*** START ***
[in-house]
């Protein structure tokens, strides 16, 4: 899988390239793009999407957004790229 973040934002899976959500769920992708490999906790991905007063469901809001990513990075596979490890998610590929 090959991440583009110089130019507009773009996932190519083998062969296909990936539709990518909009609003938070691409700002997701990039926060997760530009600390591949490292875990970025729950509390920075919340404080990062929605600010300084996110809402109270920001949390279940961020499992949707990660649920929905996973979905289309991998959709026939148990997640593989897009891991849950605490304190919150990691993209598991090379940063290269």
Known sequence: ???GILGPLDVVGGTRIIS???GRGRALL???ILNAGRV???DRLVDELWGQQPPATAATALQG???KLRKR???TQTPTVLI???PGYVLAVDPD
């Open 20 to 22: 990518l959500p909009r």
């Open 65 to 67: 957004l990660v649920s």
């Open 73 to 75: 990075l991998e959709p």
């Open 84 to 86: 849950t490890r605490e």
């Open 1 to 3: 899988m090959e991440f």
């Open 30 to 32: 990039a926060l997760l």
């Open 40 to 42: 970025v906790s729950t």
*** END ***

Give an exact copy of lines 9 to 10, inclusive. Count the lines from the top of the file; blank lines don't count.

């Open 30 to 32: 990039a926060l997760l």
């Open 40 to 42: 970025v906790s729950t």